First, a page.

Kanata Tanaka and Kazuki Yoshikawa are very grown-up for middle schoolers. Between Kanata’s womanly grace and Kazuki’s sophisticated manliness, the rest of Class 2-B is awed – and a little intimidated – by their maturity, seriousness, and good grades.
But Kanata and Kazuki really don’t feel mature at all, and they meet secretly to goof off and blow off steam – but during their second year of middle school, they start dating, and the people around them are experiencing their own awkward, painful love stories as well.
Love at Fourteen has become one of my favorite manga series about first love. Though quite a lot actually happens in each volume, the pace of the manga is so calm it feels almost leisurely, which is perfect for a manga about the daily life of a couple experiencing their first love.
As with previous volumes, Kanata and Kazuki’s relationship is still precious and the absolute best thing about the manga. At one point, Kazuki faces attempted humiliation at the hands of a girl who has a crush on Kanata, but he faces that potentially mortifying experience with grace, and he never tells Kanata what happened — because he wants Kanata to remain friends with the girl. It’s a touching plotline and shows not only Kazuki’s kindness but also his faith in Kanata’s affection for him.
However, I’m starting to worry that this series is moving in the direction of “problematic favorites.” In this volume, I was a little bothered by the amount of page time spent on the fourteen-year-old students’ crushes on their teachers. These number, as far as I can remember: two boys with a crush on the same music teacher, a transfer student with a crush on an office worker lady he sees around town, and a girl with a crush on the homeroom teacher.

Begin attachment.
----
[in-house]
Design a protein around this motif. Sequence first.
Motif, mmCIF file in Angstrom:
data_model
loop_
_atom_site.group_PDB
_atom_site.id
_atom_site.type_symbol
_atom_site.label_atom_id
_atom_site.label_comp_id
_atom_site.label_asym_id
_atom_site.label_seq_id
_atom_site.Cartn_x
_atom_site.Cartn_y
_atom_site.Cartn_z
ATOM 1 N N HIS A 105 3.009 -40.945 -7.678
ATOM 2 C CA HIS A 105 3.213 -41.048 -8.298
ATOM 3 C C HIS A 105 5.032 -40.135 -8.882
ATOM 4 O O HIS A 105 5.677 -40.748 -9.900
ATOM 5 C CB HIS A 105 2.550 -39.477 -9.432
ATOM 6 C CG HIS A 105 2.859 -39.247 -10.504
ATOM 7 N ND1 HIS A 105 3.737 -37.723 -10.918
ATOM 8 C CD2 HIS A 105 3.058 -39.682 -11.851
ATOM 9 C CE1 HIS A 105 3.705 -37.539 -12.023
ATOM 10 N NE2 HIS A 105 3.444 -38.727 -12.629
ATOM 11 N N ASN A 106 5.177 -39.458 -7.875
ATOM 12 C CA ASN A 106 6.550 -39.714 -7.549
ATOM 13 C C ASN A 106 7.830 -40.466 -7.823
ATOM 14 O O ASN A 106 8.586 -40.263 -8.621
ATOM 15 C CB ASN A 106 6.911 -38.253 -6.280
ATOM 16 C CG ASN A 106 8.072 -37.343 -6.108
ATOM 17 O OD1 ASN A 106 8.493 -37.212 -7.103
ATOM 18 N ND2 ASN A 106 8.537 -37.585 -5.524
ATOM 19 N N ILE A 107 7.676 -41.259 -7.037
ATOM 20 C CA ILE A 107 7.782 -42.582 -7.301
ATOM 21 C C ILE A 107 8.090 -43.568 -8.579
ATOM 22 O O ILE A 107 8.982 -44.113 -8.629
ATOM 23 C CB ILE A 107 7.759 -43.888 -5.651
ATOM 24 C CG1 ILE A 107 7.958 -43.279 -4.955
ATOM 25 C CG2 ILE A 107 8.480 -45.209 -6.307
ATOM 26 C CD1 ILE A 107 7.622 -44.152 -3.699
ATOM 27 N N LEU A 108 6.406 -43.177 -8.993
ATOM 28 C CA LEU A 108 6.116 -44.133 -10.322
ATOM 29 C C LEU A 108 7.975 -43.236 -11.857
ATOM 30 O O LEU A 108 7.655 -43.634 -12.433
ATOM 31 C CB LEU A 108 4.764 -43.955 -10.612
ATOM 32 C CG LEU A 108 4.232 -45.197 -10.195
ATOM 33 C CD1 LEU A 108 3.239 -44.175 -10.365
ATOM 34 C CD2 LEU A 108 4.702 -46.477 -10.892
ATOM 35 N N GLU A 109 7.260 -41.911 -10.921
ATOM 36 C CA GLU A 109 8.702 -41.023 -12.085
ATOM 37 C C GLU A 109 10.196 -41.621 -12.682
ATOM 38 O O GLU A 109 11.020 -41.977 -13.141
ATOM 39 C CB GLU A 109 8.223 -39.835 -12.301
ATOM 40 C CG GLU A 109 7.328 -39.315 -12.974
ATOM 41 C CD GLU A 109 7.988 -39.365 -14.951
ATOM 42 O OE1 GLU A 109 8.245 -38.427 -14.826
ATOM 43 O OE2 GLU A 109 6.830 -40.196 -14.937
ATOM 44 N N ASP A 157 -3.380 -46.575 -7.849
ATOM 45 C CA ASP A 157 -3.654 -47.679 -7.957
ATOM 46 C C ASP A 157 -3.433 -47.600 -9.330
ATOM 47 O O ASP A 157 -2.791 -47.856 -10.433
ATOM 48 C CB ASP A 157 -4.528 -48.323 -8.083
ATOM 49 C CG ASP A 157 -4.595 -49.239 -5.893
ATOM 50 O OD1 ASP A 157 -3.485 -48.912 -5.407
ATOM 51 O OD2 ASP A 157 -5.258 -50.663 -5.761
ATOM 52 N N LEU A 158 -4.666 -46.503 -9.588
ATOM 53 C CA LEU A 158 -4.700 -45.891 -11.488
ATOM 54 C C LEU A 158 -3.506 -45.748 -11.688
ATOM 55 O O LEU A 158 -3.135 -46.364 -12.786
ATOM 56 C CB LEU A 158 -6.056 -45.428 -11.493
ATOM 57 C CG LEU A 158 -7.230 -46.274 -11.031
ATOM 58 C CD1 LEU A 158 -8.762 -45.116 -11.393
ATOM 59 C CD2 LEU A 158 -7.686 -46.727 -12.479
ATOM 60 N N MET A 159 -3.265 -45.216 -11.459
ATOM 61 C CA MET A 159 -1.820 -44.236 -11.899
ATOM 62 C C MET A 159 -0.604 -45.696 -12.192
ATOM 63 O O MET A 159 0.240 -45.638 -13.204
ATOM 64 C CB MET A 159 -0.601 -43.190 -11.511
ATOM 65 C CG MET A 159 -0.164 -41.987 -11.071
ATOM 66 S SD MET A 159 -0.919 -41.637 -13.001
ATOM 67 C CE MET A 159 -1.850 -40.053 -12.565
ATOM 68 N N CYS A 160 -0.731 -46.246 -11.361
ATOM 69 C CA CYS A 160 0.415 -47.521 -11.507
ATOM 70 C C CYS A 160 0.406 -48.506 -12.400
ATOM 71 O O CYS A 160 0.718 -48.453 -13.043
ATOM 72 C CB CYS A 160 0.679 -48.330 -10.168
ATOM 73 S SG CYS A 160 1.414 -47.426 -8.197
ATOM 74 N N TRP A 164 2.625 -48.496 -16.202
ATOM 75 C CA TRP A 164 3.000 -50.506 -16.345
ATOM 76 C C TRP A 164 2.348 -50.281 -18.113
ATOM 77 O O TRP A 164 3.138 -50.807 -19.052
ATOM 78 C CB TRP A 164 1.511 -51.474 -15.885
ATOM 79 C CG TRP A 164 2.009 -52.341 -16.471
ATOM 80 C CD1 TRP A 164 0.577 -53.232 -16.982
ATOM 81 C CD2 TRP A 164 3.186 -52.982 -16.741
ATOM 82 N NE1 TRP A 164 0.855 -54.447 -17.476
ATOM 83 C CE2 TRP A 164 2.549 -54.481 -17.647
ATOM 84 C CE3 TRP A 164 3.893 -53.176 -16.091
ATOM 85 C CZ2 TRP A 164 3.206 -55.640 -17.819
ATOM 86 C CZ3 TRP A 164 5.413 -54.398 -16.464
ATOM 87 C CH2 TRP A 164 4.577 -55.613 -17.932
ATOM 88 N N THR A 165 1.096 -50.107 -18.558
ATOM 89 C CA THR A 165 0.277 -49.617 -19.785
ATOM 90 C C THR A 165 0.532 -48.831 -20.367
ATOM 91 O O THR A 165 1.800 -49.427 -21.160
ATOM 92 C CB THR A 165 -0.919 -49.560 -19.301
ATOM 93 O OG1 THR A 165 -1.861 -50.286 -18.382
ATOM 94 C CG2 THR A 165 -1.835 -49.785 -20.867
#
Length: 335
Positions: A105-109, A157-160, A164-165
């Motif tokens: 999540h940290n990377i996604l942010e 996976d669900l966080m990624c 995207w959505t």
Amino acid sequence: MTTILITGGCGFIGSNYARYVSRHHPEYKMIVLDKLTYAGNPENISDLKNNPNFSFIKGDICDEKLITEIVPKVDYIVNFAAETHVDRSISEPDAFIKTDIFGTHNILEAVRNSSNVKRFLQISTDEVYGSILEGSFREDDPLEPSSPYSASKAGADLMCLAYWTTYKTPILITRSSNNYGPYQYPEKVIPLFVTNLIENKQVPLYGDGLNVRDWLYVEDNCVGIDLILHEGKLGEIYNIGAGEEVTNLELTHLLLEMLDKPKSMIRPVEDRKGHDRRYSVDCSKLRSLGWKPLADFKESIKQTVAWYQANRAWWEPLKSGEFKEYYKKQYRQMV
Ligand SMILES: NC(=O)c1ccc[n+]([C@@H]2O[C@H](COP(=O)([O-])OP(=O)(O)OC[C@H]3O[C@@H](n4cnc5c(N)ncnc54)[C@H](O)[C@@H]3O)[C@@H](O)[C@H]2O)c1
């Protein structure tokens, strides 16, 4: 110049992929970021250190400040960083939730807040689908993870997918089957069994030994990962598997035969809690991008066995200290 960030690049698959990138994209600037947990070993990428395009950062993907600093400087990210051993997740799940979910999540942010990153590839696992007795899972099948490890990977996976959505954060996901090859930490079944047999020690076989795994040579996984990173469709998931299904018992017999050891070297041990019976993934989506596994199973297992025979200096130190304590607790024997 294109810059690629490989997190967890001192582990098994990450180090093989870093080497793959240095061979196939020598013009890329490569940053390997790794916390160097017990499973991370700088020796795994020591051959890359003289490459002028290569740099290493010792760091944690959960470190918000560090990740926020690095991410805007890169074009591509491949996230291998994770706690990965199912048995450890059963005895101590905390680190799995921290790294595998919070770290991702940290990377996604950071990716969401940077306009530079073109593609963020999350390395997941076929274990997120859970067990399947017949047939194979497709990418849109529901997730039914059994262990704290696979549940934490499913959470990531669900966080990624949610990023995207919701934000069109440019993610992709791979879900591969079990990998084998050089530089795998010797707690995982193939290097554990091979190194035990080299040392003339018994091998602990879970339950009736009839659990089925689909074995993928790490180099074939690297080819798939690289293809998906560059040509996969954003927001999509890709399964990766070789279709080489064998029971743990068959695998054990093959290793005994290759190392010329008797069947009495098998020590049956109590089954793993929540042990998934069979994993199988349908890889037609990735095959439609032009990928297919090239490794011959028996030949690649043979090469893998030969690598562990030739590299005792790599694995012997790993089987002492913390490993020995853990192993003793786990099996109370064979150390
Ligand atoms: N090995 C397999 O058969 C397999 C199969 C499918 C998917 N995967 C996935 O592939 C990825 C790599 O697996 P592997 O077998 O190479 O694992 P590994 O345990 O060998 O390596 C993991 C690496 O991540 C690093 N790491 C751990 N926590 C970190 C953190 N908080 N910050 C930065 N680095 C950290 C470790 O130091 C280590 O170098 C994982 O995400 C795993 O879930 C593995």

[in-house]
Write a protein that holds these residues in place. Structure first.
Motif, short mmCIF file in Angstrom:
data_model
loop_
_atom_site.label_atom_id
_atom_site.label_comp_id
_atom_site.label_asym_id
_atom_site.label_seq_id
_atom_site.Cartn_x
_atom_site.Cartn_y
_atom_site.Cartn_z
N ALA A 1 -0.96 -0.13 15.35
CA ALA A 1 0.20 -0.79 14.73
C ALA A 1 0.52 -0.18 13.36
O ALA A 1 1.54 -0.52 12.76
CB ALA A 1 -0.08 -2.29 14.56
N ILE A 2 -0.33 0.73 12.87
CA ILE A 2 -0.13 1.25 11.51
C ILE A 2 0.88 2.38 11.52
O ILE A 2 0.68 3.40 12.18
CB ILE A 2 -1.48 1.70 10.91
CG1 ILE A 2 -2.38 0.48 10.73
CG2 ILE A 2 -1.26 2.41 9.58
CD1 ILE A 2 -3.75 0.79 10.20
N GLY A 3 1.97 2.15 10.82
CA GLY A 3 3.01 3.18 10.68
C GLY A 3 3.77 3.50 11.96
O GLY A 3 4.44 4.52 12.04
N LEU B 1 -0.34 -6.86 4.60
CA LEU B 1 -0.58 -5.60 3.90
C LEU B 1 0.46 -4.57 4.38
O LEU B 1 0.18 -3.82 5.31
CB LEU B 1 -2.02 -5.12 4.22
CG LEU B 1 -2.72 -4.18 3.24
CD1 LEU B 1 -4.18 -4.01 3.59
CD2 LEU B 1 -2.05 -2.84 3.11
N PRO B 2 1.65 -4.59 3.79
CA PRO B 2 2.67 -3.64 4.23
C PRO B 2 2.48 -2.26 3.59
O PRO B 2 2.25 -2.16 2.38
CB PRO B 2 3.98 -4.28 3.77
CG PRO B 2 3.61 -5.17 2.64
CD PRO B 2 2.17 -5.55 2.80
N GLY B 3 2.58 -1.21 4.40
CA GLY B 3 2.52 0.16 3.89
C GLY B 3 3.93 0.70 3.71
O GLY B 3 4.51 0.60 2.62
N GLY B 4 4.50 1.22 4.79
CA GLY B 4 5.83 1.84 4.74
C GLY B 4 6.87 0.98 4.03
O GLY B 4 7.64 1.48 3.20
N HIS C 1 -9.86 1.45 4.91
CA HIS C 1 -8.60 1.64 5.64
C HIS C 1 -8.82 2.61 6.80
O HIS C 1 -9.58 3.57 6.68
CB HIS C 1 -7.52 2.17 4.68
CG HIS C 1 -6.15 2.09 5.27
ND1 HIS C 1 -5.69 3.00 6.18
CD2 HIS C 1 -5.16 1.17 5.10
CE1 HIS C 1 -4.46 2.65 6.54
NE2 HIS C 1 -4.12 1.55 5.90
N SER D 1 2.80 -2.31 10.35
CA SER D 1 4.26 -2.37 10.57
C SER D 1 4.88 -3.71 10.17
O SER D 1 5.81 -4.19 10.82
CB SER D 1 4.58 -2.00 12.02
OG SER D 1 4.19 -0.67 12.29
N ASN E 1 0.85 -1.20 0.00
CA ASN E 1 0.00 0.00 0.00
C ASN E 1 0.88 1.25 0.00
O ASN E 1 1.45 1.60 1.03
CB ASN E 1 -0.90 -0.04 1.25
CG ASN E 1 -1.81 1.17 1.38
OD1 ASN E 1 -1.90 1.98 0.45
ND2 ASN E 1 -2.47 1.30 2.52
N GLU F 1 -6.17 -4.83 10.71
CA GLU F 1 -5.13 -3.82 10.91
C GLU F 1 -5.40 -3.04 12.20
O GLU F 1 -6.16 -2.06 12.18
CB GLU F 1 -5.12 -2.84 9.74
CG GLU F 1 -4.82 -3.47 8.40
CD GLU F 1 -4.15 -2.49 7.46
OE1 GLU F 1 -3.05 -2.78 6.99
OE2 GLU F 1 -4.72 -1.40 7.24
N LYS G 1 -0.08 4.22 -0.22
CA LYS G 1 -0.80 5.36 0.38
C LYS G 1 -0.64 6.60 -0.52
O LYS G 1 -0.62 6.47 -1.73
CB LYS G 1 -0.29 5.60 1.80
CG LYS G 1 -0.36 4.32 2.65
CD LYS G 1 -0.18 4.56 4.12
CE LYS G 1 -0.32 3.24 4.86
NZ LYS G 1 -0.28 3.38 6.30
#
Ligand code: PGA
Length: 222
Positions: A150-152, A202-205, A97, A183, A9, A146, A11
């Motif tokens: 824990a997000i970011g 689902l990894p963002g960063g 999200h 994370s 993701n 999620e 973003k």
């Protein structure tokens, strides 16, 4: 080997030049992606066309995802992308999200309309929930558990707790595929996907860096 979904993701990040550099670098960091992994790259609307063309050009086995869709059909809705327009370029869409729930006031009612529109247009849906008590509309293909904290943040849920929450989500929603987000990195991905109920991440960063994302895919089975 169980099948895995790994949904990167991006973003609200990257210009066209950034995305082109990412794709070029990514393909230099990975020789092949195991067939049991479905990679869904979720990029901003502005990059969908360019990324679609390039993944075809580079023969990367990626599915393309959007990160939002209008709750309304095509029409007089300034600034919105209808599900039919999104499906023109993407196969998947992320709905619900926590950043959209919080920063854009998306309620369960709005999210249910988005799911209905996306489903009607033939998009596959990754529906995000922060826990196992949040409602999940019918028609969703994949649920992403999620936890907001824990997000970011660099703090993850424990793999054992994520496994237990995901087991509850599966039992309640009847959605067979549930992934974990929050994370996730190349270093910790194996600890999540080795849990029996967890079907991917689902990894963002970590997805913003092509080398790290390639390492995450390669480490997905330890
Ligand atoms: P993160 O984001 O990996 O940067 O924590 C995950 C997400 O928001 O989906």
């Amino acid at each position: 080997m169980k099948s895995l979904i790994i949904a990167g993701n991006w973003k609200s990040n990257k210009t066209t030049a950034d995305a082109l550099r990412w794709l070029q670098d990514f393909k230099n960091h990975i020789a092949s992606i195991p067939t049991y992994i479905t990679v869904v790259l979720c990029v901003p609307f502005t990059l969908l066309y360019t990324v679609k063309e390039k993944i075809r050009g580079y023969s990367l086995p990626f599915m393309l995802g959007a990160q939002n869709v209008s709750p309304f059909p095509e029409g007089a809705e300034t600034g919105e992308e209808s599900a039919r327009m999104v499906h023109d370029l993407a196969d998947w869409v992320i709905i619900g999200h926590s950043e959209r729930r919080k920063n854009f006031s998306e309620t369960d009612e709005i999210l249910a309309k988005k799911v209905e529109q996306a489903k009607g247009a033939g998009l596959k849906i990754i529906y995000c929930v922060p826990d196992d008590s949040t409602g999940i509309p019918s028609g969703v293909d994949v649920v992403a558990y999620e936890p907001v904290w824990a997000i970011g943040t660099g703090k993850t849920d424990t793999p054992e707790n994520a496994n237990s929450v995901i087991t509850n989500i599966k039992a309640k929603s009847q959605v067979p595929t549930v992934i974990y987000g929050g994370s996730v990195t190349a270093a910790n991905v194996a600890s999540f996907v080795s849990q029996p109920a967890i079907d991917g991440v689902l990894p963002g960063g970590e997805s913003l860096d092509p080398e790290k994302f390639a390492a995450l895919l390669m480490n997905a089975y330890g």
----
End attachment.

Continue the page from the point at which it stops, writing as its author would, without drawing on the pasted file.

This hasn’t bothered me in previous volumes — almost all of the crushes were introduced in previous volumes — but it’s ramped up significantly in a way that’s getting a little weird and squicky. Especially squicky and weird is the relationship between the music teacher and one of the boys who has a crush on her. She’s very aware of his crush and exploits that crush in a manner that’s really uncomfortable to read from the point of view of an adult who is aware that the boy is very much still a child.
At this point in the manga, though, there’s little about the possible potential resolution of nearly any of the multiple students-crushing-on-adults plotlines. While one flash-forward brings one of the plotlines to a conclusion, most of them are still open, which is great in terms of continuing the plot in future volumes. My hope is that the plot arcs will bring students closer to others their own age rather than continuing to pine for people beyond their reach.
As I mentioned in my review of Volume 4, the art of this series is a little on the side of unremarkable. In the grand scale of shoujo romance manga art, it’s incredibly simple, fairly proportionate, and lacks a lot of the intricacy that hallmarks the genre.
But because this is a straightforward slice-of-life series, the style works. It’s not an exceptionally “busy” style, which makes the eye of the reader glide through the pages with ease.
Despite the squickiness of this volume, I would still recommend Love at Fourteen to romance manga readers looking for a heartwarming first-love story. This series handles many different kinds of first love with a degree of seriousness and respect that many other series lack, making it a standout among romance manga for me.
Story: 4 out of 5 stars
Art: 3 out of 5 stars
Overall: 3.5 out of 5 stars
Feliza Casano edits and writes for all sections of the site. She also was in love at fourteen, and it didn’t go NEARLY this well. You can find more of her work on her website at felizacasano.com and follow her on Twitter @FelizaCasano.